Shashi’s children find her embarrassing at times. Her husband openly cracks jokes about her accent and poor grasp of a language we should have thrown out with Tom Alter’s wig in Shatranj Ke Khiladi. Shashi’s husband thinks he’s just being urbane and witty. But it hurts. We see that hurt in Sridevi’s eyes each time she is slighted and snubbed by those whom she loves the most.

We know this world. We know this woman too. Gauri Shinde brings to the comfort of the familiar a feeling and flavour of wonderment, discovery and beauty.

English Vinglish is a fabulous fable of a woman’s self-actualization. Shabana Azmi used to do such films in the 1970s. The issues in those films about unfulfilled wives were largely socially-defined: infidelity, adultery, betrayal. The betrayal of the unforgettable woman in English Vinglish is far less dramatic and therefore much more profoundly deep-rooted. Shashi breaks up a little every time the three most important people on her life – her husband, daughter and son – crack up at her vernacular accent.

Then comes the chance for redemption. A 3-week vacation in the USA, a clandestine crash course in English and best of all, a chance to feel wanted and special when a fellow-classmate, a quietly striking French chef , gives Shashi the attention she doesn’t get from her husband.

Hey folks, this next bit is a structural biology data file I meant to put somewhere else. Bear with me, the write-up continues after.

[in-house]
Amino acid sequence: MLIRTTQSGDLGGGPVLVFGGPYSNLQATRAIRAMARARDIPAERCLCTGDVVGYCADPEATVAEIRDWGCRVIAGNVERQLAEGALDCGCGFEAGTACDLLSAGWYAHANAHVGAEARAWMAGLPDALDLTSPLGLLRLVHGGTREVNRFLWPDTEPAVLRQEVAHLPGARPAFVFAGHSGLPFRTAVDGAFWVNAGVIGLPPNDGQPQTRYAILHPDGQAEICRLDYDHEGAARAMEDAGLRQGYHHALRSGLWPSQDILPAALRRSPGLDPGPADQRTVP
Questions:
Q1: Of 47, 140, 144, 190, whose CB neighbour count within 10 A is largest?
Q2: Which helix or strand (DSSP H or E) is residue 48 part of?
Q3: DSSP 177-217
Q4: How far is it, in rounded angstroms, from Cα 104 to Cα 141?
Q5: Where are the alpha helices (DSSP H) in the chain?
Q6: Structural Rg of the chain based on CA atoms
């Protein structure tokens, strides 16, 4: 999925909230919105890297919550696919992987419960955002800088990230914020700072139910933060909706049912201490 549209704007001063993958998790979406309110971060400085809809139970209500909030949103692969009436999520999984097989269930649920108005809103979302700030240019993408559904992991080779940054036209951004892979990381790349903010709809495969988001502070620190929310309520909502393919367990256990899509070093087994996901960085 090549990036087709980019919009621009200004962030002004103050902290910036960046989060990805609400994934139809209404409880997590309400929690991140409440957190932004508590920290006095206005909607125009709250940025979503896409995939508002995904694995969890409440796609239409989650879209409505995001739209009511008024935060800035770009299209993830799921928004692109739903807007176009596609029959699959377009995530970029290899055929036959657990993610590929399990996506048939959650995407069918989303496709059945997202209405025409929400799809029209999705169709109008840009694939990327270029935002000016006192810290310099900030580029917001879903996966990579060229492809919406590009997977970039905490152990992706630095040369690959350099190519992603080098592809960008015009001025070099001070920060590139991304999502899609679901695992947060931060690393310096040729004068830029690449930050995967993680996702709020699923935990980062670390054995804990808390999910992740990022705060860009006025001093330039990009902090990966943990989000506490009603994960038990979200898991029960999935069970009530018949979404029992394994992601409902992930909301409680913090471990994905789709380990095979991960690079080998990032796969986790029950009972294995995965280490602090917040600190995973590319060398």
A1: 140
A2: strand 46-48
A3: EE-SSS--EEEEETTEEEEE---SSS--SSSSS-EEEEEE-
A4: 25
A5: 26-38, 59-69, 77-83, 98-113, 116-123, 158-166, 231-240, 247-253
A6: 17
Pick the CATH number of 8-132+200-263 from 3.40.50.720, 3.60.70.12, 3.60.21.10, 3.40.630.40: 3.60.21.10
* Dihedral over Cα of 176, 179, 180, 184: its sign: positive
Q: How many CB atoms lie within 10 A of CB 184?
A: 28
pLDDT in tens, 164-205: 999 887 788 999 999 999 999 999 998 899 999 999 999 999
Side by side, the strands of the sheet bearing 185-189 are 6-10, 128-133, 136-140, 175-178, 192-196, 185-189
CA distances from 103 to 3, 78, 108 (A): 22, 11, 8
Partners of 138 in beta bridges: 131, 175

This is the complete Middleclass Woman’s Fantasy.Go out on your own and find happiness. Debutante director Gauri Shinde wins over the audience at the story-level itself. And then as a bonus, she proves herself a master storyteller. The delicacy and grace with which Gauri Shinde builds Shashi’s life of half-fulfilled domesticity proves a master story-teller is at work here.

Sure, Shinde gets a tremendous boost from her cinematographer Laxman Utekar(who captures New York in its quiet mellow state of bustling grace), her music composer Amit Trivedi(whose music simply and fluently melts into the theme and storytelling) and editor Hemanti Sarkar(who cuts the footage the way Shashi would cut her vegetables, precisely, lovingly and without anxiety).

Finally it’s really the director’s call.

In what I rank as the best debut by a female director since Aparna Sen’s 36 Chowringee Lane, Gauri Shinde imbues a majestic mellowness and an unostentatious glow to the story of Shashi’s coming-of-age saga. Shashi’s ennui is not the in-your-face tragic pathos of Madhabi Mukherjee in Satyajit Ray’s Charulata or Shabana Azmi in Kalpana Lajmi’s Ek Pal. No case-history of domestic torture is built for our heroine. And no, the husband (Adil Hussain, brilliant in a thankless role) is not a cad sneaking into another woman’s bed.